Select this search icon to access the search form

Main menu

Facebook Share


    June 14, 2013

    The Libyan authorities must drop charges against two politicians who published a cartoon on women’s rights deemed to be offensive to Islam, Amnesty International said today.

    Libyan National Party policy manager Ali Tekbali and Fathi Sager, the party’s secretary general, are due to appear in court this Sunday, 16 June at the Criminal Court in Tripoli .They are facing the death penalty over a cartoon calling for gender equality and women’s rights that was circulated on an electoral campaign poster last June.

    The cartoon features a group of men discussing the role of women in Libyan society, including a bearded character. That same character appeared as the Prophet Muhammad three months later in a controversial anti-Islamic comic published by the French satirical magazine Charlie Hebdo last September. The cartoon, however, did not make any reference to the Prophet Muhammad or to Islam. 

    June 01, 2013

    Libya must comply with the decision made by the International Criminal Court (ICC) and immediately surrender Saif al-Islam Gaddafi to the Court in The Hague, said Amnesty International.

    "Libya is in transition. Its criminal justice system collapsed after the fall of the al-Gaddafi government and the country is not yet in a position where it can conduct fair trials, let alone try Saif for the crimes he is accused of committing by the ICC," said Tawanda Hondora, Deputy Director of Amnesty International's Law and Policy Programme.

    "Libya must comply with its obligations to surrender Saif al-Islam to the ICC and it must ensure full protection of his rights during transfer.”

    Saif al-Islam al-Gaddafi, son of Muammar al-Gaddafi, is charged with two counts of crimes against humanity - murder and persecution – for his alleged role in the conflict that led to the ouster of the al-Gaddafi government.

    May 03, 2013

    In November 2012 Libyan journalist Amara Abdalla al-Khattabi, editor-in-chief of al-Umma newspaper,   published the names of 84 allegedly corrupt judges in his newspaper. Just a list of names. The newspaper had obtained the list from a confidential source.

    One month later, Amara Abdalla al-Khattabi was arrested, charged and detained under Article 195 of the Penal Code for the “insulting of constitutional or popular authorities”. Article 195 was frequently used to repress freedom of expression during the Gaddafi era. Amara Abdalla al-Khattabi is now facing 15 years in prison. Amnesty International believes that he is being tried solely for peacefully exercising his right to freedom of expression.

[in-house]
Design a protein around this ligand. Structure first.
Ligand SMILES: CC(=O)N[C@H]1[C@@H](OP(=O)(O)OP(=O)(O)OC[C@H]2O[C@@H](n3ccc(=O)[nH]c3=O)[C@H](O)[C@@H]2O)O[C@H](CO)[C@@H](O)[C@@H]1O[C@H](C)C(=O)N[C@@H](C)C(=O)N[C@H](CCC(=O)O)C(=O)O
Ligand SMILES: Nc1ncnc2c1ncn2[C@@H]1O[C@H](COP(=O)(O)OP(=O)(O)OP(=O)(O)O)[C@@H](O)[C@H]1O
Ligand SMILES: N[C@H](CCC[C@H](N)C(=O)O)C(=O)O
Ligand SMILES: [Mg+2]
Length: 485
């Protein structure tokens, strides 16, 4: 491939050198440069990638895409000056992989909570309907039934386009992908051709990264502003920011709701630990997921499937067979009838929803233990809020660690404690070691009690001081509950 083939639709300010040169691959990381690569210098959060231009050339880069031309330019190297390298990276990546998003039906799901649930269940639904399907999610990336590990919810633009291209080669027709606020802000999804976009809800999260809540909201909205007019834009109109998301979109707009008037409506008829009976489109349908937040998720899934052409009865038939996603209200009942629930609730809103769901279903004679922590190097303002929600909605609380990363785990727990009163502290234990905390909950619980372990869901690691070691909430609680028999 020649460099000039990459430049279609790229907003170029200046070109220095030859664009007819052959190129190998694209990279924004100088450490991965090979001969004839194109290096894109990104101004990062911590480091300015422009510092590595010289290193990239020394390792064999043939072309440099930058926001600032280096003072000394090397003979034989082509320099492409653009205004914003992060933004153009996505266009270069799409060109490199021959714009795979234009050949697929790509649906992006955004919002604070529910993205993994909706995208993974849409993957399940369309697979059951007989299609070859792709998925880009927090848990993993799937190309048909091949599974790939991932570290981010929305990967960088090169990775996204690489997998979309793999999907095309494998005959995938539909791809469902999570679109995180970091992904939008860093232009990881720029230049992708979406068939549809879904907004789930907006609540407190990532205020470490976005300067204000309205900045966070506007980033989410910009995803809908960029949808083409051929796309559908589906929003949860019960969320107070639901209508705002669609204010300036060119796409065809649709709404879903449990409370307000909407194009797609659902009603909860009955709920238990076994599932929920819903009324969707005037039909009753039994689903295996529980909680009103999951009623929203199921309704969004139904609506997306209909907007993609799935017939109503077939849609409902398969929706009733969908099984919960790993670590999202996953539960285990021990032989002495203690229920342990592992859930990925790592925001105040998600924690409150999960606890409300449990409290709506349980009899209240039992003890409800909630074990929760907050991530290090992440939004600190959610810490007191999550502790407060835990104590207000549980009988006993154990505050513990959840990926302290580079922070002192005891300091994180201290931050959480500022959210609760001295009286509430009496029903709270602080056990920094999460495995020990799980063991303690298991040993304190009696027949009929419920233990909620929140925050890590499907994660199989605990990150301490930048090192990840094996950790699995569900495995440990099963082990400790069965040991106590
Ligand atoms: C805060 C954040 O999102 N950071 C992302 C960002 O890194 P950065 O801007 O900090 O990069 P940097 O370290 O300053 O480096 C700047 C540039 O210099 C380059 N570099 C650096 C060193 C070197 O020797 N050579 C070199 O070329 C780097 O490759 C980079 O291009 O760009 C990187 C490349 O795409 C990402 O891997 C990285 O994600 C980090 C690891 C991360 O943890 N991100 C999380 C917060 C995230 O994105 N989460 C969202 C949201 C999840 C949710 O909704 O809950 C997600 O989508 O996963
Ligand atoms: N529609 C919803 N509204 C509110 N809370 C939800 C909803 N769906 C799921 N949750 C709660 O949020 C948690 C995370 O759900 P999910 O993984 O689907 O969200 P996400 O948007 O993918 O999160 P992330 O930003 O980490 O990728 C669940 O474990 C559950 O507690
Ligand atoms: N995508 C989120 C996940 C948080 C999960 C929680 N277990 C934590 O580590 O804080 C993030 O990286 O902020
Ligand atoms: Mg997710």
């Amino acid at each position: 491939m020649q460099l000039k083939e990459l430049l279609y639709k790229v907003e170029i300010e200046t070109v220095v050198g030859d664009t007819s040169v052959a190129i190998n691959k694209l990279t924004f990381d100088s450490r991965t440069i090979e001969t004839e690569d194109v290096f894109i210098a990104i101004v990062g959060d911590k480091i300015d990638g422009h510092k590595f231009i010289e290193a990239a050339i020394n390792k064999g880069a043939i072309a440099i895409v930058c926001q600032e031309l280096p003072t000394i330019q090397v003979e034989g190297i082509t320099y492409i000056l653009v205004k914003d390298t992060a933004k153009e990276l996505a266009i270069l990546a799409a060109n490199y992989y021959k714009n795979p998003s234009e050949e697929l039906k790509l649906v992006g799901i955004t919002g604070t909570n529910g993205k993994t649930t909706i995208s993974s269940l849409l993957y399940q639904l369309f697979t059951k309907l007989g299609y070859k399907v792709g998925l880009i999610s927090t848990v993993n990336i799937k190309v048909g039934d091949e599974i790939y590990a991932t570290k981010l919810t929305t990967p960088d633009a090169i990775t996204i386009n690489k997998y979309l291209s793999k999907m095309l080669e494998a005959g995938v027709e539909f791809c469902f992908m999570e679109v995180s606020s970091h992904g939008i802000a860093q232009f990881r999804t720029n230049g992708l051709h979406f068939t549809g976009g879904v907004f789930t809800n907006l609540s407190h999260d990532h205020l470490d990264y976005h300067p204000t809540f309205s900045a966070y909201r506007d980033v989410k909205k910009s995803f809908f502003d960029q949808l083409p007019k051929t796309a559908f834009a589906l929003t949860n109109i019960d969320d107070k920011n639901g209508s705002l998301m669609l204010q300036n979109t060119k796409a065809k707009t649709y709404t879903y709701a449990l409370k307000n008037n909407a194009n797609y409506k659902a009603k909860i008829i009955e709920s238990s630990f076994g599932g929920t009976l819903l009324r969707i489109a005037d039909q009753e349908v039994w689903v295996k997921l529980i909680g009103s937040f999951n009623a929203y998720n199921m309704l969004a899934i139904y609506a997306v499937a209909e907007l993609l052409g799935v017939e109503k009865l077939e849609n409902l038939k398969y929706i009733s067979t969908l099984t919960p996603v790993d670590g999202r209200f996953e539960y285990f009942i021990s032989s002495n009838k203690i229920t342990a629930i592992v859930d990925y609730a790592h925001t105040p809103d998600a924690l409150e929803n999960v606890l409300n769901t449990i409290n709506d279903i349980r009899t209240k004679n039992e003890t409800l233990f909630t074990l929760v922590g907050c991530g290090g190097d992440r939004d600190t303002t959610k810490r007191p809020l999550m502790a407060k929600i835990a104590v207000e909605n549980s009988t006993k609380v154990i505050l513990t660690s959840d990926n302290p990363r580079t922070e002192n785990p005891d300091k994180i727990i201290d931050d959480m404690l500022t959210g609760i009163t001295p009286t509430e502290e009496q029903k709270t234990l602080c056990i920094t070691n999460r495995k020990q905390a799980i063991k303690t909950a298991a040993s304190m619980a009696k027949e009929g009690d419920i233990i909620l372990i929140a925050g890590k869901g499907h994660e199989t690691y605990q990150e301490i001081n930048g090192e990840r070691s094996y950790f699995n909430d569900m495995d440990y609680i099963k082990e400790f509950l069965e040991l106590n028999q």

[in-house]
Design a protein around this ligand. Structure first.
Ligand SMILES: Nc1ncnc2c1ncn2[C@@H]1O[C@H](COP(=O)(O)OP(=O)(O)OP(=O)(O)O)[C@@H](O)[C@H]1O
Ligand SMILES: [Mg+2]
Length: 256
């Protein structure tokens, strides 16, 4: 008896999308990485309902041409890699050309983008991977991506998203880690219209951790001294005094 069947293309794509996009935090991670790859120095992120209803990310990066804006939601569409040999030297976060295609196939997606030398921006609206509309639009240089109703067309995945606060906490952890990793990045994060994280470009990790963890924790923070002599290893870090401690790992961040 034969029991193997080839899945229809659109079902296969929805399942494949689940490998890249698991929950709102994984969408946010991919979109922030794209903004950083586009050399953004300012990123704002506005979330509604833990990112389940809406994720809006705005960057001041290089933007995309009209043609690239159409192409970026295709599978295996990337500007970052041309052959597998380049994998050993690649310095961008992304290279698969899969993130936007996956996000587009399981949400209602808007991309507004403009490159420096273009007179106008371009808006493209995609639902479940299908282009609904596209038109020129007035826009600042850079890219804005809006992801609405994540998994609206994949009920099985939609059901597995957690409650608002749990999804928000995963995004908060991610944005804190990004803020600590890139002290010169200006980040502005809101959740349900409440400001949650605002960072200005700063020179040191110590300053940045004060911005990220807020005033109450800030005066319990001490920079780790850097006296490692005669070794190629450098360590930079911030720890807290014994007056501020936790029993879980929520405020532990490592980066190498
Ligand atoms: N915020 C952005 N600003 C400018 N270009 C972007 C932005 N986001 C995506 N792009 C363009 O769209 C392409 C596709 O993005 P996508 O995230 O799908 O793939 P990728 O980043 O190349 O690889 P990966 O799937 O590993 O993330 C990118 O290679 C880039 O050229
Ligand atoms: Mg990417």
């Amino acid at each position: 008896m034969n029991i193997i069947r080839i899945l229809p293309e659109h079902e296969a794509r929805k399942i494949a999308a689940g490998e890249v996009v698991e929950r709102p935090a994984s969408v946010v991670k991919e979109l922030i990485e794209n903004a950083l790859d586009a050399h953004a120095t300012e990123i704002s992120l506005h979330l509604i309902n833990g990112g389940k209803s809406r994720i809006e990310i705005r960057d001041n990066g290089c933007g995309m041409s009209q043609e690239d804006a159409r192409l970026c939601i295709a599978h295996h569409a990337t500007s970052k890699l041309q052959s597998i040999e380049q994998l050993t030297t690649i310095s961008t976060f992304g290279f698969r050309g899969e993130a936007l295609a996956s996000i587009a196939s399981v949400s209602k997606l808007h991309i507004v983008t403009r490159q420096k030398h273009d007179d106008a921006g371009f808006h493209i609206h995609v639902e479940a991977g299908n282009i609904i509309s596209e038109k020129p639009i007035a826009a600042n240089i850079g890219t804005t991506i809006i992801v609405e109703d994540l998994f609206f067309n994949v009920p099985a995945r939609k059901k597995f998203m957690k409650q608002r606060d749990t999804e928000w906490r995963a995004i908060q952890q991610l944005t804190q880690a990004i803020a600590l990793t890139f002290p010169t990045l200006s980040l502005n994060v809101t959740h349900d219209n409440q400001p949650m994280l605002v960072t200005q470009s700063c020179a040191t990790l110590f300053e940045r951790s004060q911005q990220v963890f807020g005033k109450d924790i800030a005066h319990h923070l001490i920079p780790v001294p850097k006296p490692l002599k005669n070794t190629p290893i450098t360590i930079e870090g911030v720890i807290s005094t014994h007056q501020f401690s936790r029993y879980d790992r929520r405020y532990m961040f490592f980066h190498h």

April 10, 2013

    The wife of a hunger-striking Libyan journalist has told Amnesty International of her disbelief that her husband has been imprisoned and denied bail for ‘offending’ the judiciary under an al-Gaddafi-era law.

    Amara al-Khattabi, the editor-in-chief of al-Umma newspaper, was arrested last December and has been on hunger strike since 28 February in protest at his detention. He was arrested a month after his newspaper published a list of 84 judges allegedly involved in corruption.

    His wife Masara al-Ghussain declared a hunger strike in his support on Sunday, after al-Khattabi was transferred to a hospital on 4 April due to his deteriorating health. 

    “All he did was to publish a list of judges,” his wife told Amnesty International.

    “Has the act of copying and pasting now become so dangerous in Libya that it requires people being sent to prison?”

    March 12, 2013

    A Libyan newspaper editor detained since 19 December for publishing a list of judges allegedly involved in corruption in the country must be released immediately and unconditionally, Amnesty International said today.

    Amara Abdalla al-Khatabi, 67, is currently detained in Hudba Prison in Libya’s capital, Tripoli, charged with defamation in relation to a list of 84 judges his newspaper published saying they were involved in corruption.

    He has been on hunger strike since 28 February in protest against his arrest and continued detention. There are risks that his health will deteriorate rapidly as he suffers from a number of chronic diseases, including diabetes and hypertension.

    “We are extremely worried about Amara Abdalla al-Khatabi’s health. Detaining a journalist because he ran a piece on corruption is reminiscent of al-Gaddafi-era practices. Amara Abdalla al-Khatabi should be released immediately and without any conditions,” said Hassiba Hadj Sahraoui, Deputy Middle East and North Africa Program Director at Amnesty International.

    March 08, 2013

    The attack on a TV station in Tripoli after it broadcasted a debate about a law that would ban those who held office during the al-Gaddafi years from participating in public institutions should be a wake-up call for the authorities to rein in local militias, Amnesty International said today.

    It follows a violent interruption of a General National Congress meeting on 5 March by hundreds of protestors who attempted to coerce its members to enact the Political Isolation Law. President of the GNC, Mohammad Magarief was subjected to a gunfire attack as members were eventually allowed to leave the meeting.  

    On 7 March, a large group of unidentified men stormed the headquarters of Al-Assema TV, a private news channel in Tripoli, and abducted four men, including the owner of the station Jumaa Al-Usta, the former Executive Director Nabil Al-Shibani and journalists Mohammad Al-Houni and Mahmoud Al-Sharkassi.

    While both journalists were released a few hours later, the whereabouts of Jumaa Al-Usta and Nabil Shibani remain unknown.


    Subscribe to Libya